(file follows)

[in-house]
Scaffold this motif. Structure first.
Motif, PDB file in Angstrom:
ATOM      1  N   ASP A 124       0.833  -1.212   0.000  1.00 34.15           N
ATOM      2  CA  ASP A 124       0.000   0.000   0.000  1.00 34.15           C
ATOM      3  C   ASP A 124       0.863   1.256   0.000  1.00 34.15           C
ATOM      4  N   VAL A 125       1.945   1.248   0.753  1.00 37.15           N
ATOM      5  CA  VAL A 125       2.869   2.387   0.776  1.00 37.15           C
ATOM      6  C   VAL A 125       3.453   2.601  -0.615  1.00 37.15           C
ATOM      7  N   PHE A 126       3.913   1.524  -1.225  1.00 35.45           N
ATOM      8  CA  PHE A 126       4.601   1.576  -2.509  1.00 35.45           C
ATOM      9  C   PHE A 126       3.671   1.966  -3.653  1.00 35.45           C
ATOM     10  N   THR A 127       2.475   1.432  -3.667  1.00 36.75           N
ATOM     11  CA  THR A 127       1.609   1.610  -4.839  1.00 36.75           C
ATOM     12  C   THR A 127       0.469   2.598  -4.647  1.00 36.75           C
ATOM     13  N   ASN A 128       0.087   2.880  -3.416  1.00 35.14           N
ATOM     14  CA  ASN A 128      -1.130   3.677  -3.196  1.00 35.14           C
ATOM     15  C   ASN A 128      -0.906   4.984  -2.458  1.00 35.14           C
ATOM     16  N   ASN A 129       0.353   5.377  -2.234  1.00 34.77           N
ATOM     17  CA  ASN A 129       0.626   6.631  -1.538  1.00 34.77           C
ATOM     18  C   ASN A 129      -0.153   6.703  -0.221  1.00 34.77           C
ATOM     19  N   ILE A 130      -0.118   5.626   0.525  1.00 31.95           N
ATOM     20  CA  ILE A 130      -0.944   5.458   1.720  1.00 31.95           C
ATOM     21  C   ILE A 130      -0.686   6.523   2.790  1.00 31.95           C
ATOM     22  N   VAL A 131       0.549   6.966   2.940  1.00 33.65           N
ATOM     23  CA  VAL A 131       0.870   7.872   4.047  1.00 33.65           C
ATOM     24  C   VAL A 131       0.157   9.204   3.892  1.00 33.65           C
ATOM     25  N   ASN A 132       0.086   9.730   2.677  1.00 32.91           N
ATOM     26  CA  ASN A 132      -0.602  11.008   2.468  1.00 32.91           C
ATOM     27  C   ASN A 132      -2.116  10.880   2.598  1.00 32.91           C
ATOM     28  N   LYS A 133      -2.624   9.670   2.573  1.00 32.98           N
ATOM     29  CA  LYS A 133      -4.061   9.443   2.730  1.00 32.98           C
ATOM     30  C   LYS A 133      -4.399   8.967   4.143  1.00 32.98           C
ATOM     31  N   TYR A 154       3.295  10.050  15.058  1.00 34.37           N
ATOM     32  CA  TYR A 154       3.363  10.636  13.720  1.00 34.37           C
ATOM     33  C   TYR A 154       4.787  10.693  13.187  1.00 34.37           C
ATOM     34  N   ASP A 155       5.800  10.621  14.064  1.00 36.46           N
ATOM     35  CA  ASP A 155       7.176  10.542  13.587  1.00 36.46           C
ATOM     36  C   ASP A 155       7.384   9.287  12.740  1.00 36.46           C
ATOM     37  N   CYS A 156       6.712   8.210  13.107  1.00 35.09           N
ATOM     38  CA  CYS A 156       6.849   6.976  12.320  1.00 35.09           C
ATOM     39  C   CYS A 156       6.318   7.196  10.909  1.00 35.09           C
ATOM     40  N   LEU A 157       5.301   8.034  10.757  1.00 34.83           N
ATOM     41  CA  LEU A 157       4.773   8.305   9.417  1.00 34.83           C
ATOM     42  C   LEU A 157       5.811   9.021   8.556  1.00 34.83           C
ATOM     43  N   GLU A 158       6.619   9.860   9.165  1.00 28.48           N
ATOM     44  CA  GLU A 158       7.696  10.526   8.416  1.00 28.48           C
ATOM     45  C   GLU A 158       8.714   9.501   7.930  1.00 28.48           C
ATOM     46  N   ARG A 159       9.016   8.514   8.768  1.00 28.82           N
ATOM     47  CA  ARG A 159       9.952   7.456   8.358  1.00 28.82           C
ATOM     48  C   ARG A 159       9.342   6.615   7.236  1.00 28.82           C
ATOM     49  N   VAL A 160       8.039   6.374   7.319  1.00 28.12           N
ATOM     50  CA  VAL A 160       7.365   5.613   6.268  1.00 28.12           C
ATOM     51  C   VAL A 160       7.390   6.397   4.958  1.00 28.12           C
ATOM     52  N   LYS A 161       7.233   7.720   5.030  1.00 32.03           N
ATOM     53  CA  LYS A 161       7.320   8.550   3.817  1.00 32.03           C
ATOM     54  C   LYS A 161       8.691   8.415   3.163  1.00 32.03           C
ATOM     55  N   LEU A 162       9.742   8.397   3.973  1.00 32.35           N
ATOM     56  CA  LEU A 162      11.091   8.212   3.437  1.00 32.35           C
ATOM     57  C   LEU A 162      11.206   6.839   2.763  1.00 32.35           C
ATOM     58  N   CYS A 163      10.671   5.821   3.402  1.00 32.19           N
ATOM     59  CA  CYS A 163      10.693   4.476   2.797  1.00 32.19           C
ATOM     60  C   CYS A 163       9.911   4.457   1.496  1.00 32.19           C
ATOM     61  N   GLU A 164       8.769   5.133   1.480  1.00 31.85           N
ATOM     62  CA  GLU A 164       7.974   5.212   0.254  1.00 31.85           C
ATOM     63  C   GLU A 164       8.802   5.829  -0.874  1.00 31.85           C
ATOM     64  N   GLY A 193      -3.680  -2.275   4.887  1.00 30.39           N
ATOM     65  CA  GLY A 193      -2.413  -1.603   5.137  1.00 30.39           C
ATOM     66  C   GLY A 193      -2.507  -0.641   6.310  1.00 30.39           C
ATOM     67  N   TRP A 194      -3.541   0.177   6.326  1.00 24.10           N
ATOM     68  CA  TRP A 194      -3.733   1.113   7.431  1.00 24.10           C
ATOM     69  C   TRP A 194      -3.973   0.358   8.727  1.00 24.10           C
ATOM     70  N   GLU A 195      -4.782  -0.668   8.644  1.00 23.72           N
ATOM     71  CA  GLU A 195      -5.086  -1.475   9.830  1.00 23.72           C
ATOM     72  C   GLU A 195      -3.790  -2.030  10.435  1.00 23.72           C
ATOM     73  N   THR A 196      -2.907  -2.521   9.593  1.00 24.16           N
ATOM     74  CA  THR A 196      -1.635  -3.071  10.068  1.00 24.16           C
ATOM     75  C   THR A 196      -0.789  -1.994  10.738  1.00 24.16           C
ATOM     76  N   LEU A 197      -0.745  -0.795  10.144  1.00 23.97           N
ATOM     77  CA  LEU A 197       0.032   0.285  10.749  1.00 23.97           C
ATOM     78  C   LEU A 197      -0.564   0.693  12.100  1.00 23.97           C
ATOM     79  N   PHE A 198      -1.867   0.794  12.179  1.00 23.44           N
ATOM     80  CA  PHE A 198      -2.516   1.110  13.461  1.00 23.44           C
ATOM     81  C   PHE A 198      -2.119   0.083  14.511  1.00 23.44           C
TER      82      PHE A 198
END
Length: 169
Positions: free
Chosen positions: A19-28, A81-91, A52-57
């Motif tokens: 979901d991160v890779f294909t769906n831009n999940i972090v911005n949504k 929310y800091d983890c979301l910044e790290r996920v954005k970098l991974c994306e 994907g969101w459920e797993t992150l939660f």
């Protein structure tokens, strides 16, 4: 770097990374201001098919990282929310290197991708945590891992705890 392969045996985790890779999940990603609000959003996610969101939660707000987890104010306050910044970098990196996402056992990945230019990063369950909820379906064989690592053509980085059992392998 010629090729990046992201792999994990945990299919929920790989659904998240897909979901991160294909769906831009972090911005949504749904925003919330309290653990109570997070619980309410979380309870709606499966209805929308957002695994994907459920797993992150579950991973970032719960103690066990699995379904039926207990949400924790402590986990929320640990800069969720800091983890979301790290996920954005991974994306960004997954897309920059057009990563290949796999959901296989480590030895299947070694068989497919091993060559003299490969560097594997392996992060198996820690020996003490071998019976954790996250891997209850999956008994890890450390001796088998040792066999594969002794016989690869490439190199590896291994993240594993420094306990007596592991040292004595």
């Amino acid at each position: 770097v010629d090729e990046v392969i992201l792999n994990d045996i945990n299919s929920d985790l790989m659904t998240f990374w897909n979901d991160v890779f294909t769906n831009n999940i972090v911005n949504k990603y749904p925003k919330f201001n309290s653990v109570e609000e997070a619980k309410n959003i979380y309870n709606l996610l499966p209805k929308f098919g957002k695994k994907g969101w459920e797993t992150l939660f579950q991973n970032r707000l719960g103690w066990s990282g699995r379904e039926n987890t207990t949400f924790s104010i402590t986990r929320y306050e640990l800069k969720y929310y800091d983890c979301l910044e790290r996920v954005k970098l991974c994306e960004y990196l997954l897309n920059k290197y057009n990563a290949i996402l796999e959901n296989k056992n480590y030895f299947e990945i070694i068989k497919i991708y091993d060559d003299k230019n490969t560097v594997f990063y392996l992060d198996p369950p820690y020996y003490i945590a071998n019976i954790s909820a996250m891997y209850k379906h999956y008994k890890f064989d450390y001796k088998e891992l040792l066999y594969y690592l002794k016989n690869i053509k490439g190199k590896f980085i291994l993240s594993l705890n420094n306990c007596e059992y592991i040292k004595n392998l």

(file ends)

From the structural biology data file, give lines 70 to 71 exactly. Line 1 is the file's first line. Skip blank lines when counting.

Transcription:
ATOM     67  N   TRP A 194      -3.541   0.177   6.326  1.00 24.10           N
ATOM     68  CA  TRP A 194      -3.733   1.113   7.431  1.00 24.10           C